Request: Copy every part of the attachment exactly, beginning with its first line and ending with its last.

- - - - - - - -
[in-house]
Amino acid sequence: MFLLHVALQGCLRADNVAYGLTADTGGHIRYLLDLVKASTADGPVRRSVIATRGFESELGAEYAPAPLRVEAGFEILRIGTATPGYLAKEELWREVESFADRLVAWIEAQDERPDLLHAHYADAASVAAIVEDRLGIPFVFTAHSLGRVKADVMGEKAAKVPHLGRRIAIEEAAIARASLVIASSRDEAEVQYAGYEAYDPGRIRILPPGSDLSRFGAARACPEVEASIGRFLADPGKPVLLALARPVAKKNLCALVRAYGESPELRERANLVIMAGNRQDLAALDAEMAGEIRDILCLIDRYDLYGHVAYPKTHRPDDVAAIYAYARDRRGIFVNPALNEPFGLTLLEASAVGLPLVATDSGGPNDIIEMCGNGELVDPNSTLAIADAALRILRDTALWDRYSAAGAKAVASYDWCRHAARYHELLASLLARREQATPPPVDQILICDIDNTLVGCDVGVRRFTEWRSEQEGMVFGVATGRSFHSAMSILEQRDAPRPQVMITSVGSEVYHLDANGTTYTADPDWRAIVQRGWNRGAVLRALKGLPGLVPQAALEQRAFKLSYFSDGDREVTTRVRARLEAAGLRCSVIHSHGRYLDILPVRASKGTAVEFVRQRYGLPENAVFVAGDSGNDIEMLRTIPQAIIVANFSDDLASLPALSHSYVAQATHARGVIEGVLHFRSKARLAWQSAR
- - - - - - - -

[in-house]
Amino acid sequence: MFLLHVALQGCLRADNVAYGLTADTGGHIRYLLDLVKASTADGPVRRSVIATRGFESELGAEYAPAPLRVEAGFEILRIGTATPGYLAKEELWREVESFADRLVAWIEAQDERPDLLHAHYADAASVAAIVEDRLGIPFVFTAHSLGRVKADVMGEKAAKVPHLGRRIAIEEAAIARASLVIASSRDEAEVQYAGYEAYDPGRIRILPPGSDLSRFGAARACPEVEASIGRFLADPGKPVLLALARPVAKKNLCALVRAYGESPELRERANLVIMAGNRQDLAALDAEMAGEIRDILCLIDRYDLYGHVAYPKTHRPDDVAAIYAYARDRRGIFVNPALNEPFGLTLLEASAVGLPLVATDSGGPNDIIEMCGNGELVDPNSTLAIADAALRILRDTALWDRYSAAGAKAVASYDWCRHAARYHELLASLLARREQATPPPVDQILICDIDNTLVGCDVGVRRFTEWRSEQEGMVFGVATGRSFHSAMSILEQRDAPRPQVMITSVGSEVYHLDANGTTYTADPDWRAIVQRGWNRGAVLRALKGLPGLVPQAALEQRAFKLSYFSDGDREVTTRVRARLEAAGLRCSVIHSHGRYLDILPVRASKGTAVEFVRQRYGLPENAVFVAGDSGNDIEMLRTIPQAIIVANFSDDLASLPALSHSYVAQATHARGVIEGVLHFRSKARLAWQSAR